Soldiers track trailers at transfer point
April 10, 2010
CONTIGENCY OPERATING BASE SPEICHER, Iraq - The Trailer Transfer Point at Contingency Operating Base Speicher, Iraq, opened for business March 15.
It holds, loads and unloads trailers as they wait for units to come pick them up or convoys to transfer them to another destination, said 1st Lt. Jonathan A. Ackley, trailer transfer point officer in charge with the 611th Seaport Operations Company out of Fort Eustis, Va., 541st Combat Sustainment Support Battalion, 15th Sustainment Brigade, 13th Sustainment Command (Expeditionary) and a Columbus, Ohio, native.
"We manage a little over 200 trailers," said Ackley. "It can be anything from vehicles, pallets (or) containers."
Sgt. Jackie D. Womack, the trailer transfer point noncommissioned officer in charge with the 611th SOC, said around four convoys, inbound and outbound, come through the yard every day, with an average of 30 pieces per convoy.
"We're generally pretty busy," said Womack, an Emerald, Texas, native. "When we did our count for March, we had over 350 (transfer movement requests) and an average of about five items on each - right around 1,700 pieces of equipment in just one month."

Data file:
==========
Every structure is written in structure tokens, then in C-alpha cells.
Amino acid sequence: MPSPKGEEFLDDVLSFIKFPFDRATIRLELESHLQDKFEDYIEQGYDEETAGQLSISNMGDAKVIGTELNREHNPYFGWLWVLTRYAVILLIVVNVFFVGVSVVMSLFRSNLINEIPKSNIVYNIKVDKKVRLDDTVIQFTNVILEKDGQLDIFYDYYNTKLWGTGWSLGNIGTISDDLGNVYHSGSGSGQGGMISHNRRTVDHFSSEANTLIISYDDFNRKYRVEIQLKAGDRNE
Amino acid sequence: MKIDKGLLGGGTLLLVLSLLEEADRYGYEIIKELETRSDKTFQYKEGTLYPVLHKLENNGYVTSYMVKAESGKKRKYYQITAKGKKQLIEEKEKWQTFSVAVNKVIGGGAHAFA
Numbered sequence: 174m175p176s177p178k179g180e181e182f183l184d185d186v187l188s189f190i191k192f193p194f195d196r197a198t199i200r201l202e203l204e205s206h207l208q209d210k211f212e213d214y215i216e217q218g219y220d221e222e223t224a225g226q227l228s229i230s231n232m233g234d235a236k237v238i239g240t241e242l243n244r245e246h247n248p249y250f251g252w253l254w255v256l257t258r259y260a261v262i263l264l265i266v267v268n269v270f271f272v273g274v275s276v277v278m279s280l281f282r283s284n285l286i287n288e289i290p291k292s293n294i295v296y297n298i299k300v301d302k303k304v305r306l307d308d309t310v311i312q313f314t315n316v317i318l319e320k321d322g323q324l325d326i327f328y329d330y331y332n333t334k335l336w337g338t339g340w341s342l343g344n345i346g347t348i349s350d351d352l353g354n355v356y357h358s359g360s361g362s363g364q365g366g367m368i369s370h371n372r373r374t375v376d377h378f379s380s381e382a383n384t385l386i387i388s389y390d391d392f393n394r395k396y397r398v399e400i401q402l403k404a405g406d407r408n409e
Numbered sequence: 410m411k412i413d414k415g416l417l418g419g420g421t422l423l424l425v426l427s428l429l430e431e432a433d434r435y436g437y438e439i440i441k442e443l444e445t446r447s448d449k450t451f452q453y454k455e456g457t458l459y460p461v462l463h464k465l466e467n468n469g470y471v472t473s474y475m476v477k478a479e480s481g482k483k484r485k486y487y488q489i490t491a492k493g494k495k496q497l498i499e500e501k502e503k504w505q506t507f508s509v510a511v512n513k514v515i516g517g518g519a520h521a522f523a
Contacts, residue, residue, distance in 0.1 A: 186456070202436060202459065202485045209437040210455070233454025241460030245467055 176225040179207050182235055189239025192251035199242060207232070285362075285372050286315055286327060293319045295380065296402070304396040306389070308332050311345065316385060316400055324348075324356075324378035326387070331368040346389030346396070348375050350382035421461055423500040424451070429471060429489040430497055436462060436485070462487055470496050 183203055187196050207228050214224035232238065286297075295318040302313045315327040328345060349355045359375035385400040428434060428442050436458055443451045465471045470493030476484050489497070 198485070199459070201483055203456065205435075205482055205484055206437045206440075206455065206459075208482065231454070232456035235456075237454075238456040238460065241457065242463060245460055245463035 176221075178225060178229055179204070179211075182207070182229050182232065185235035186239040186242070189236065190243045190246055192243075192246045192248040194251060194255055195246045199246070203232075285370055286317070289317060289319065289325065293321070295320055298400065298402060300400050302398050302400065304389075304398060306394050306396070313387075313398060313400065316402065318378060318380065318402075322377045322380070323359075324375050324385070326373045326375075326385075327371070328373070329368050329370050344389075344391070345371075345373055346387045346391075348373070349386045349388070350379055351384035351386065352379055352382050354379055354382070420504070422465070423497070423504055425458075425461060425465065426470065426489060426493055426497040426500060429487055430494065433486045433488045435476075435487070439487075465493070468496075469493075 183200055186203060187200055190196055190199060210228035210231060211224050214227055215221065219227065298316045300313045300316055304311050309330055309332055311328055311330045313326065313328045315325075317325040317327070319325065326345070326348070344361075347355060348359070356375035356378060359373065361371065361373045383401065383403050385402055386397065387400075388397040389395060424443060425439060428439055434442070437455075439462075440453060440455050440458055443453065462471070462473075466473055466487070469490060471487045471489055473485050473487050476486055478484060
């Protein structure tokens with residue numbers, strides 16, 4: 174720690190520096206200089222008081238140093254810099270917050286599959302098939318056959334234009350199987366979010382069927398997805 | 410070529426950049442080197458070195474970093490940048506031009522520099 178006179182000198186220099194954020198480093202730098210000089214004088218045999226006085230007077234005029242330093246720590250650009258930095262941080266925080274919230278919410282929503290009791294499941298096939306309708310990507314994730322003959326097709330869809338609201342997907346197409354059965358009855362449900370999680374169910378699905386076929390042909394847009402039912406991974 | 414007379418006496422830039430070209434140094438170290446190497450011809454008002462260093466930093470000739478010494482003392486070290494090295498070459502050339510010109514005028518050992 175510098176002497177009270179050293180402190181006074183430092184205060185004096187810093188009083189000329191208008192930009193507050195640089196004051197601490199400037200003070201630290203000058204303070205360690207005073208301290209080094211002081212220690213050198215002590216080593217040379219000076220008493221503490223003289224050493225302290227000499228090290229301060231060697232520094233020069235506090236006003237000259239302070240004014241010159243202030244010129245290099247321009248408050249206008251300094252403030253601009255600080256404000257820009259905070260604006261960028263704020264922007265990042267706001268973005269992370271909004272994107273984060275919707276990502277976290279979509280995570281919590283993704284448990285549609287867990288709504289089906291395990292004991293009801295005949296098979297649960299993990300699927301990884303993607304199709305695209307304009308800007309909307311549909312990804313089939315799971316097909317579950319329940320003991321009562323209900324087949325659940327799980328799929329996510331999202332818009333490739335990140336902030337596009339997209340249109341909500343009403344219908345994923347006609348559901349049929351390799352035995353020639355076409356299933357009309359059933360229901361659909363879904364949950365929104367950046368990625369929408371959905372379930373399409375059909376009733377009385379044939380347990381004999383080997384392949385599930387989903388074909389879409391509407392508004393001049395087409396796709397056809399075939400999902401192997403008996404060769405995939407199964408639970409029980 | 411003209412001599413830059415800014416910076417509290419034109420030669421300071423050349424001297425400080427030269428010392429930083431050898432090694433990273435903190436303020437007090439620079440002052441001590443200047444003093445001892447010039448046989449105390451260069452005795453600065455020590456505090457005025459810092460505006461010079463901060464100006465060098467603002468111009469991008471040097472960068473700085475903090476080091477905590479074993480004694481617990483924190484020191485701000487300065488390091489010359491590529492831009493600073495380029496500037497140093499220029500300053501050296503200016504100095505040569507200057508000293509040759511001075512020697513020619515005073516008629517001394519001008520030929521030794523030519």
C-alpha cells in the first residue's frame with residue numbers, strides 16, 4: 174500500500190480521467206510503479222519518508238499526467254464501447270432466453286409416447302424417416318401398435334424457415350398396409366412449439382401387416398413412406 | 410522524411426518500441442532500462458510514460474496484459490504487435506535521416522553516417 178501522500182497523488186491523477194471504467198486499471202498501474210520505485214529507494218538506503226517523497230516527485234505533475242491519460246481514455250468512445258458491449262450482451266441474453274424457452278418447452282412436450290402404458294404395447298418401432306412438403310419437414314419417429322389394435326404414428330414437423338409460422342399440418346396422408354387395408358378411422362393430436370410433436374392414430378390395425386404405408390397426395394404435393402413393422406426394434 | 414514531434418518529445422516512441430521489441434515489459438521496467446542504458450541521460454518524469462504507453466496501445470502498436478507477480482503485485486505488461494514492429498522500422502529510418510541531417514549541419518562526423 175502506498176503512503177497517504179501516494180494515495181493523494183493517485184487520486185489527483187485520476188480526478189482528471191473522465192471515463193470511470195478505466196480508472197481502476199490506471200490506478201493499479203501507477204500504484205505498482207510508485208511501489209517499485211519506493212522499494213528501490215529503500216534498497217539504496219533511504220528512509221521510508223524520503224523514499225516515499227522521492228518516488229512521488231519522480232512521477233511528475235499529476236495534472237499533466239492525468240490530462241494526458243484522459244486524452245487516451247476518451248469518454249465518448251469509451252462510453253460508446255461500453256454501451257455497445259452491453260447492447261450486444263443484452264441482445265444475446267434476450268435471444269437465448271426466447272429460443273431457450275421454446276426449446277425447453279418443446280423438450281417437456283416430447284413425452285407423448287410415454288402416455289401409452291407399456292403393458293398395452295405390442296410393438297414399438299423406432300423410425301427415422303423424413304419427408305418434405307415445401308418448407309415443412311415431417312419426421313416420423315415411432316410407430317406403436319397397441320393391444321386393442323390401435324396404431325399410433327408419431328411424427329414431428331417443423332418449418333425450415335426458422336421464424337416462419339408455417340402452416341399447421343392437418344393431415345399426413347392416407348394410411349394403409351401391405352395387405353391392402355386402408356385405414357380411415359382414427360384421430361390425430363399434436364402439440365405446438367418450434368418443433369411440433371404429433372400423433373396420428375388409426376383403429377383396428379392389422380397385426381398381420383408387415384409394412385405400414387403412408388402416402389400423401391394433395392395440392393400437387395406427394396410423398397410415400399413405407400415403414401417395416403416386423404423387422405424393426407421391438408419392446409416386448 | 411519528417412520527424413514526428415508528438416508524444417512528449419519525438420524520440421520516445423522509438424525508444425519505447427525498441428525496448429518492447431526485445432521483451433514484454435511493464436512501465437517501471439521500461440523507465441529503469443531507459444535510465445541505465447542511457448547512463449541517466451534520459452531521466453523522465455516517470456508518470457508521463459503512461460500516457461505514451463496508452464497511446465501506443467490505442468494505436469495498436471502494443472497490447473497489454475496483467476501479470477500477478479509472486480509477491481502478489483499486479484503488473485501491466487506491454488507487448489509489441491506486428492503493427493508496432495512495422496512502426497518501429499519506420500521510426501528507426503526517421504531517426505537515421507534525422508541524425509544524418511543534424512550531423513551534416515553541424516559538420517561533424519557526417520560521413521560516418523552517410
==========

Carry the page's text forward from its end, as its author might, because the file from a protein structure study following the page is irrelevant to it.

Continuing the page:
Spc. Stefan C. Harris, a truck driver with the 611th SOC and a Clarksburg, W.V., native, said they verify the cargo when it comes in, to maintain accountability of each piece that passes through the yard.
"(The Savi Signpost system) helps us out a lot," said Harris. "Sometimes, we get cargo in that we don't have paperwork for. We can then check the (radio frequency identification) tags that are on the cargo to see what TMR it goes with."
The Savi Signpost system is an interrogator system that tracks the RF ID tags as they enter and exit the TTP, Ackley said. The 28 systems at Speicher, Joint Base Balad, Victory Base Complex and Marez, cost roughly $98,000 total.
Harris said the unit also ensures the trailers are put in the correct area, lined up neatly.
The TTP Soldiers verify each outgoing connex's information to ensure it is headed to the right place, he said. They then ensure each connex is secured properly.
"I really feel like I'm supporting the rest of the Army out here," said Harris. "I make sure the units get the stuff they need. We make sure that the trailers are fully mission-capable, ready to go."